Plain American Language

I cut a sliver/of WC William's finger
and placed it inside/my philosophy...

Monday, December 9, 2013

Love Poem to Hannah

Pie and your countenance on my birthday, your hand slightly bristling
from the contrast of cold inside the bathroom against the heat of your body temperature
after sitting next to an open oven for so long, listening
to the flames wrought and cinder and caress and singe and melt.
It is almost glistening to think of how you will look at me
after I take one bite, after I will taste the apple that you’ve baked for me
inside a crust so luscious with butter my stomach ache will sing gravely and loudly
of the benefits and drawbacks of sugar--it will be glorious: you
will be glorious. You with your simple hair that leans back and forth
when you tilt your head forward and back, kissing me with
the eyes of your tongue, that bright red lipstick I love,
you are my birthday present. The crescent of your laugh, the chatter you bring
to the table and the bedroom, a sudden and gentle touch
on my shoulder that bewilders then calms then huddles everything close.
Do you bring this much into the world as you give? Bake crusts
that envelope an apple like organ music? The hair on your sweater twists
and falls onto the carpet every single day. I’ve seen pieces of it twirl,

curls of butter on a hot pan called air. What other pieces of you can I steal for myself tomorrow?


Grief like cloves mistaken for honey, like a
ship inside of a bottle, like bottled molasses,
like the sudden sharp knife of February,
like December, like March in mud season, like seasons
like the rapid vaporization of liquid iron
that seeps into the vein that marches on like militaries,
like militaries, like edges of quilts that
stack upon the smallness of the body of you,
like a million and one bricks smoldered onto one shoulder,
like one shoulder, like one initial tatooed
onto your eye, like an eye, like the iris that quivers
like cadavers when the morgue shakes with rage,
like the numbers of millions that moan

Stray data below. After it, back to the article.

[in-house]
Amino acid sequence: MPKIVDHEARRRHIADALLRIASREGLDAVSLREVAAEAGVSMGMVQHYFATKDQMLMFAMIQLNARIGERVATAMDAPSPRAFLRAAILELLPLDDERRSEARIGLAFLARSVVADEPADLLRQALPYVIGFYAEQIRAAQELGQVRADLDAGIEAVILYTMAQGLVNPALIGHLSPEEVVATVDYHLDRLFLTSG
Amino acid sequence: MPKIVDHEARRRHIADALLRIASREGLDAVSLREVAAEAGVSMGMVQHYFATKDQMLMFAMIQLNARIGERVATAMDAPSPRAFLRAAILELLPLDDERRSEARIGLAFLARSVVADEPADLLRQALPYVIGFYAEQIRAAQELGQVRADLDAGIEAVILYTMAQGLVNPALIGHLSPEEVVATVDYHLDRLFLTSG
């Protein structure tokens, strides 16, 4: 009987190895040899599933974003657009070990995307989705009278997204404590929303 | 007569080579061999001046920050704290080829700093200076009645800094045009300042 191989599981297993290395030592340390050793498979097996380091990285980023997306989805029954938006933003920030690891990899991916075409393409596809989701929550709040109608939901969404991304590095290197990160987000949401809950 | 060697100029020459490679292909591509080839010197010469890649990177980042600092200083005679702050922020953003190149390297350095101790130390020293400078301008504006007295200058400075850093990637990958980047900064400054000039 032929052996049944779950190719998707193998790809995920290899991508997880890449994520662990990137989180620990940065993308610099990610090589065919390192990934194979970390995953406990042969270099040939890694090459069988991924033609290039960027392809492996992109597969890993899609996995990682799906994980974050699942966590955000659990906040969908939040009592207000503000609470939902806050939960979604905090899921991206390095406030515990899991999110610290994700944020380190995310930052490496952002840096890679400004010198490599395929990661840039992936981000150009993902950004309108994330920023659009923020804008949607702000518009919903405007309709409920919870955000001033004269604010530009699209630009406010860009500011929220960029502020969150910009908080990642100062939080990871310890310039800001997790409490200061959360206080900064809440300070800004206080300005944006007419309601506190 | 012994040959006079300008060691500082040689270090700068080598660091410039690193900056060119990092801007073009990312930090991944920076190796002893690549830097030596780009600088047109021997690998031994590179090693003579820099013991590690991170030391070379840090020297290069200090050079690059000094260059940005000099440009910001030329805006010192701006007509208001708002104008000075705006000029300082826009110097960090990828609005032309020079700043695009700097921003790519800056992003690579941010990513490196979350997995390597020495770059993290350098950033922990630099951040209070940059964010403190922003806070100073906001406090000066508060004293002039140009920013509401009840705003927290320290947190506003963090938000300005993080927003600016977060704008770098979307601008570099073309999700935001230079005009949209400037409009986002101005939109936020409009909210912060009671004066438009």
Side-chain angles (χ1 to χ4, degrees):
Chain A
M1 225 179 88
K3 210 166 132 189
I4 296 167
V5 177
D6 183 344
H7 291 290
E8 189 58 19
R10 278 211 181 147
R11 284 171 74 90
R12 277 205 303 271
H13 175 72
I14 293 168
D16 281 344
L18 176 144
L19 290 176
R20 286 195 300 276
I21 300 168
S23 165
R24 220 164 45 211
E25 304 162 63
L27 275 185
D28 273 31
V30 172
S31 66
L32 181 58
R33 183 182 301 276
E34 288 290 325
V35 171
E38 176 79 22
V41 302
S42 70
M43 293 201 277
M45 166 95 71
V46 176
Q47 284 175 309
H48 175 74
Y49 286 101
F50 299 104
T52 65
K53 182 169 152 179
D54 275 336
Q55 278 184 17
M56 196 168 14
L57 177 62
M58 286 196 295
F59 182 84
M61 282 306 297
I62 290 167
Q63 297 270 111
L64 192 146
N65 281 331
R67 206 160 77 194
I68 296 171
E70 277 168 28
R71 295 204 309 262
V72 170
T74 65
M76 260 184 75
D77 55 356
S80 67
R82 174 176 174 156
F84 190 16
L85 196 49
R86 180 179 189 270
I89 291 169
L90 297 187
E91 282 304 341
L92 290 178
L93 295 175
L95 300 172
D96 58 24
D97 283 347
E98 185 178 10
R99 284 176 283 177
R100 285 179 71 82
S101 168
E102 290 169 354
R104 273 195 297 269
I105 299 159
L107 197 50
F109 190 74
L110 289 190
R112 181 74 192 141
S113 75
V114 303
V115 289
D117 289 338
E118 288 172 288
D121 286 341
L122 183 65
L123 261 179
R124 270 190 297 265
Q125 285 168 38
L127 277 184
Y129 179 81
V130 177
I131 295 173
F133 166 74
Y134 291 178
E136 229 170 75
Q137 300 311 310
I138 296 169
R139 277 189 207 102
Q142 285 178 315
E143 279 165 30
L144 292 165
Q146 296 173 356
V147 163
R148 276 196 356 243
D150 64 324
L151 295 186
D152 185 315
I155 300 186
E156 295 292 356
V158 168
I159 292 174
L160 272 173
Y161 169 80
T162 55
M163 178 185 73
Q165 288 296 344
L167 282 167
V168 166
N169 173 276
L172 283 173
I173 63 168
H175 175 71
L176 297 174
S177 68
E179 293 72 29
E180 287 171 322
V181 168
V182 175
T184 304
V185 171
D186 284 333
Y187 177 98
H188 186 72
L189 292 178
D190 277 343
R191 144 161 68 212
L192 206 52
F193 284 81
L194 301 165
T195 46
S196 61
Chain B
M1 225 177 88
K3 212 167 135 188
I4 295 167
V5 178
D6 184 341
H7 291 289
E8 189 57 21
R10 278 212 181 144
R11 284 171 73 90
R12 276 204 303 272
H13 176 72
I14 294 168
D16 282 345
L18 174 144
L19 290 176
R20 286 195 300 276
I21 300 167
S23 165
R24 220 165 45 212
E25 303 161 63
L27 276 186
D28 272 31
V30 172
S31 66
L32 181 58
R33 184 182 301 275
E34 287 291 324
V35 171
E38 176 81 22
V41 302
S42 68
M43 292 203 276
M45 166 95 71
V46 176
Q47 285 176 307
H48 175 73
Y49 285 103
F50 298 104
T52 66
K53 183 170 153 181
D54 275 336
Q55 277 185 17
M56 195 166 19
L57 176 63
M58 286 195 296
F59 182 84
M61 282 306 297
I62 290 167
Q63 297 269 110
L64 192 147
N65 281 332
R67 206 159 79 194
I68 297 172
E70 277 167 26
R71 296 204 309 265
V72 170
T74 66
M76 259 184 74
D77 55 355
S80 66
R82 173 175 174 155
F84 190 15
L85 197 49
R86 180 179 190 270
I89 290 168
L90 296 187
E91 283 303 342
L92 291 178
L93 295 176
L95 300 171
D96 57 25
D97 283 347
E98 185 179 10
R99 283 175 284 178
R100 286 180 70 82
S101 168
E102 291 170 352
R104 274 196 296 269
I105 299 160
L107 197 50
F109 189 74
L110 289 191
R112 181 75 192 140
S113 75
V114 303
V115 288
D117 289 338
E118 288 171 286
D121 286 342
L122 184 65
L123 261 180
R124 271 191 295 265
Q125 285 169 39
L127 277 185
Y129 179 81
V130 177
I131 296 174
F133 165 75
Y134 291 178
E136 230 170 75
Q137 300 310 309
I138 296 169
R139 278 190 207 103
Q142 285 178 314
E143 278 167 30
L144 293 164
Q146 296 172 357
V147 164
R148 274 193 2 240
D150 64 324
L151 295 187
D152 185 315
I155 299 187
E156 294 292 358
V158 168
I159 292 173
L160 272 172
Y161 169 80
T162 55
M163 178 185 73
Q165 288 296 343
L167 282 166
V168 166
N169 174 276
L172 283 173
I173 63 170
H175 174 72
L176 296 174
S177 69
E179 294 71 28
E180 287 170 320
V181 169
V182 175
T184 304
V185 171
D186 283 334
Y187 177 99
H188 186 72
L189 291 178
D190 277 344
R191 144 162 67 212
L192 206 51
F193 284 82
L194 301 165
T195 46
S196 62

into the mouth of slavery, like mouths, like the mouths of babes,
like the equivocation in the voice
when language is underdeveloped, like unfathomable
illnesses that scratch at the belly
at the rocks that empty out onto the toes
like broken windows, broken books, broken doorbells
unanswered mail, cacophonies that
do not dispel the sadness, the road that elegies walk on,
the yellow and dusty dirt that etches
an ink mark down the troughs of muscles
on the bodies of crying mothers, like blue and blackness,
like the emptying out of rivers, like the movement
of time on the body, like grown arms
and legs and lips and speech, like a pencil
or bell that both echo like footsteps.
In the ecology of personal suffering, the world
passes by like a bi-plane, turns and gyrates and gives and gives,
thirsty like a philanthropist for its giving.
There is love and there is the hand that trembles like piano wire when the hammer strikes it, there is memory faded and there is memory that is a permanency, grafted onto the skin, a kindness like a beautiful body. Once I woke
and thought you had gained your body,
but if that were true, your hands would not be whispers
nor your whispers and smile drips of water on the edges of my eye.
This grief like a cushion I rest on, like a bread I dig into when I am thirsty,
edges away, returns and leaves.
There is no distinct reason why a memory is like a caged crocodile,
but there it is: silent, motionless, mouth
agape, breathing.

Today the world is bright,
is drier than most other days: it is fifty degrees
in February, almost fourty eight in the shade--
the cool breath of the wind
so thoughtful on most days in springtime
whispers in haiku syllables
five, then seven, then five accounts of how
global warming will not end, that we will suffer,
and the glaciers will melt
and I will die and everyone will die
but we will be warm, and our shoes will sink
into the loving earth that cushions us,
cradles our bodies as we lie onto it,
breathing in the breath of eternal summer
and honeysuckles and disappearing bees
and bears kept in museums and poetry
kept in museums, locked in glass cases like
so much fruit in the grocery stores
and the grocery stores filled with bright, beautiful
yellows, pinks, purples and oranges,
vegetables and leaves will forever be green
and green will be the flag because there will
be no nations, there will only be earth
and water and the few people
who populate this world,
as we dangle our shoes over the edge
trying to remember what winter
used to mean when it took us over in February.